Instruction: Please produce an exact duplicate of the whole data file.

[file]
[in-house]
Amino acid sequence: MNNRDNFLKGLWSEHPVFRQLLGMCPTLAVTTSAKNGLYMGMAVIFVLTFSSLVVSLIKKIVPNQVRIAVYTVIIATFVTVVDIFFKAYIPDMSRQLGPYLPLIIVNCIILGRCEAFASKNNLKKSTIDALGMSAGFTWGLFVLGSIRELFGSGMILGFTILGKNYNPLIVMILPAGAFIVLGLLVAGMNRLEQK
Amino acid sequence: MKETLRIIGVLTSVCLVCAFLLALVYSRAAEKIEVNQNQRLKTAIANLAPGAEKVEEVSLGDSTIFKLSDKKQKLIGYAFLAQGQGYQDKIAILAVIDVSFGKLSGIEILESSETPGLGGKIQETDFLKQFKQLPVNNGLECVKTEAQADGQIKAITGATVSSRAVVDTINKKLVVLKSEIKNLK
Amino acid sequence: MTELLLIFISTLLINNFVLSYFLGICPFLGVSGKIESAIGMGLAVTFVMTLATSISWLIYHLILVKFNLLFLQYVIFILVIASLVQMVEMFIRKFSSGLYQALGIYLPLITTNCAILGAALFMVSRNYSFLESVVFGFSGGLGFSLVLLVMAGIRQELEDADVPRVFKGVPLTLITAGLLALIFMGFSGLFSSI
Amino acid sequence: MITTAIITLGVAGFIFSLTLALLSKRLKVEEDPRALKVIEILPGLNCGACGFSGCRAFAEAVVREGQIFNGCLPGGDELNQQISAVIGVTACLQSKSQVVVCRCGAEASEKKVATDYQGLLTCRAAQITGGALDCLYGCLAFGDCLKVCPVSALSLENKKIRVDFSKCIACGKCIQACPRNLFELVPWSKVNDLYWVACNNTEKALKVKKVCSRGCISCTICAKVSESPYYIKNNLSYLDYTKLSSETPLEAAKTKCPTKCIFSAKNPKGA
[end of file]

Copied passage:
[in-house]
Amino acid sequence: MNNRDNFLKGLWSEHPVFRQLLGMCPTLAVTTSAKNGLYMGMAVIFVLTFSSLVVSLIKKIVPNQVRIAVYTVIIATFVTVVDIFFKAYIPDMSRQLGPYLPLIIVNCIILGRCEAFASKNNLKKSTIDALGMSAGFTWGLFVLGSIRELFGSGMILGFTILGKNYNPLIVMILPAGAFIVLGLLVAGMNRLEQK
Amino acid sequence: MKETLRIIGVLTSVCLVCAFLLALVYSRAAEKIEVNQNQRLKTAIANLAPGAEKVEEVSLGDSTIFKLSDKKQKLIGYAFLAQGQGYQDKIAILAVIDVSFGKLSGIEILESSETPGLGGKIQETDFLKQFKQLPVNNGLECVKTEAQADGQIKAITGATVSSRAVVDTINKKLVVLKSEIKNLK
Amino acid sequence: MTELLLIFISTLLINNFVLSYFLGICPFLGVSGKIESAIGMGLAVTFVMTLATSISWLIYHLILVKFNLLFLQYVIFILVIASLVQMVEMFIRKFSSGLYQALGIYLPLITTNCAILGAALFMVSRNYSFLESVVFGFSGGLGFSLVLLVMAGIRQELEDADVPRVFKGVPLTLITAGLLALIFMGFSGLFSSI
Amino acid sequence: MITTAIITLGVAGFIFSLTLALLSKRLKVEEDPRALKVIEILPGLNCGACGFSGCRAFAEAVVREGQIFNGCLPGGDELNQQISAVIGVTACLQSKSQVVVCRCGAEASEKKVATDYQGLLTCRAAQITGGALDCLYGCLAFGDCLKVCPVSALSLENKKIRVDFSKCIACGKCIQACPRNLFELVPWSKVNDLYWVACNNTEKALKVKKVCSRGCISCTICAKVSESPYYIKNNLSYLDYTKLSSETPLEAAKTKCPTKCIFSAKNPKGA